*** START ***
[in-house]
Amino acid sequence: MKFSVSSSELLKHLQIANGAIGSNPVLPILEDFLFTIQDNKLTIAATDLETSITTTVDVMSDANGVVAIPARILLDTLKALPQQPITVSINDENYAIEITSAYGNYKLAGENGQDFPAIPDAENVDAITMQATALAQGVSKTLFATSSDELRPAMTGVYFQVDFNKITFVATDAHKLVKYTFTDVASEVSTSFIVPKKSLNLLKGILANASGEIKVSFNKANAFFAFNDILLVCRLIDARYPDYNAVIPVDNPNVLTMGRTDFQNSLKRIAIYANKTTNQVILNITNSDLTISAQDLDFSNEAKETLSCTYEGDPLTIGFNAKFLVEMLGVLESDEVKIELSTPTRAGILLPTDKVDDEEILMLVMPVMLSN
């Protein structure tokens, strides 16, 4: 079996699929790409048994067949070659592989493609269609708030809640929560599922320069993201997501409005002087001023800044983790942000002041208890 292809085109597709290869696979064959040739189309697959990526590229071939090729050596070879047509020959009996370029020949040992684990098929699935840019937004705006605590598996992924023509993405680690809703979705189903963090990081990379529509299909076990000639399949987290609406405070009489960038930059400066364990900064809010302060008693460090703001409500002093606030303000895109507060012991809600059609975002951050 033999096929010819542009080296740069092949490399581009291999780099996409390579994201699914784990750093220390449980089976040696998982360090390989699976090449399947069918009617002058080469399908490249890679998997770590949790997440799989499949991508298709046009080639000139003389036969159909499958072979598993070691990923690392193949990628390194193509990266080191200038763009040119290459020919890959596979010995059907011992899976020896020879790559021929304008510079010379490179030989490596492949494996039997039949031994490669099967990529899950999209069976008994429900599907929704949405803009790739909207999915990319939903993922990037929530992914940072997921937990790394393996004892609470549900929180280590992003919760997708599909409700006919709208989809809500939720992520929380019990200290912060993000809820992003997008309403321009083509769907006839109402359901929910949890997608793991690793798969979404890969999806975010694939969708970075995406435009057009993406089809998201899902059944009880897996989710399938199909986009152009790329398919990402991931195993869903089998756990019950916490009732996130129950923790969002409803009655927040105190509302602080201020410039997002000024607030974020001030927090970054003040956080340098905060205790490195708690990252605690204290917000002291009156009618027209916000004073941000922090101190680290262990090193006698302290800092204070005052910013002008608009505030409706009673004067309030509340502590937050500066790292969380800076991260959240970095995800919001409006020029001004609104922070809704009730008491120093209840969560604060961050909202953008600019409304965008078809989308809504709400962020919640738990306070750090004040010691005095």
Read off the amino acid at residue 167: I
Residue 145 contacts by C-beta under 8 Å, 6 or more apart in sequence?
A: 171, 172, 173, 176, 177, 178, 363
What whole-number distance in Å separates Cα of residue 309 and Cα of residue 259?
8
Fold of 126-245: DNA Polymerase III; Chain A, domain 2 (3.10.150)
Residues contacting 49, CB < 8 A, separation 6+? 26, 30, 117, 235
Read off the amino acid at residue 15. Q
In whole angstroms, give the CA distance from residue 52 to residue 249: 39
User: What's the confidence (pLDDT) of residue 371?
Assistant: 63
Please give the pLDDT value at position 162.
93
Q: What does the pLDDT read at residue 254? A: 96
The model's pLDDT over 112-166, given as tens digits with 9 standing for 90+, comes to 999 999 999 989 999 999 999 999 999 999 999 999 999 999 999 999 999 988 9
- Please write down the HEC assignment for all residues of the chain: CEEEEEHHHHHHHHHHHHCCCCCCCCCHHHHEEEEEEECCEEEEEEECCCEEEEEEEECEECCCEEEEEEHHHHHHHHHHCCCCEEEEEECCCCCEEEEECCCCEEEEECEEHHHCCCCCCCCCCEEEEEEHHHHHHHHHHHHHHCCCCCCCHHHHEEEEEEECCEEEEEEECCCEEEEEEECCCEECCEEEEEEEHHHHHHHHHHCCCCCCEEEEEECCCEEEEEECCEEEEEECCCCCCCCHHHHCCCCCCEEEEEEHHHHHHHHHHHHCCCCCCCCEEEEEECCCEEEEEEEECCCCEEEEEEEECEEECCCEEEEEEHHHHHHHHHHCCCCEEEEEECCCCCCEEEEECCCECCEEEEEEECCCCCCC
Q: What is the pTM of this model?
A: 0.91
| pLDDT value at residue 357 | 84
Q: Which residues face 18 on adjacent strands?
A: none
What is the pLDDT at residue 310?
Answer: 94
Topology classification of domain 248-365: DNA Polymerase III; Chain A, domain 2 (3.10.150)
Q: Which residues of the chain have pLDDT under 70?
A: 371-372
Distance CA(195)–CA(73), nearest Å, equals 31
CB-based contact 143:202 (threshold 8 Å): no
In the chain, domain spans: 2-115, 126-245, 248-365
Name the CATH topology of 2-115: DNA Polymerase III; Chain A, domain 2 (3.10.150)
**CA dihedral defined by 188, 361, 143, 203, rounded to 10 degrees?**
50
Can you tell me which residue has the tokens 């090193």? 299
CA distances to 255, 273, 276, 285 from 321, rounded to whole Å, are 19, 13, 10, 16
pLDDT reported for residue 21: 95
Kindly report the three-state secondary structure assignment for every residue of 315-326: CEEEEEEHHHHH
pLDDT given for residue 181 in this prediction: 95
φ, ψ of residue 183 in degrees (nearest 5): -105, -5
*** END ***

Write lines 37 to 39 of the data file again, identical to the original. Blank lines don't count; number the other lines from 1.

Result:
CA distances to 255, 273, 276, 285 from 321, rounded to whole Å, are 19, 13, 10, 16
pLDDT reported for residue 21: 95
Kindly report the three-state secondary structure assignment for every residue of 315-326: CEEEEEEHHHHH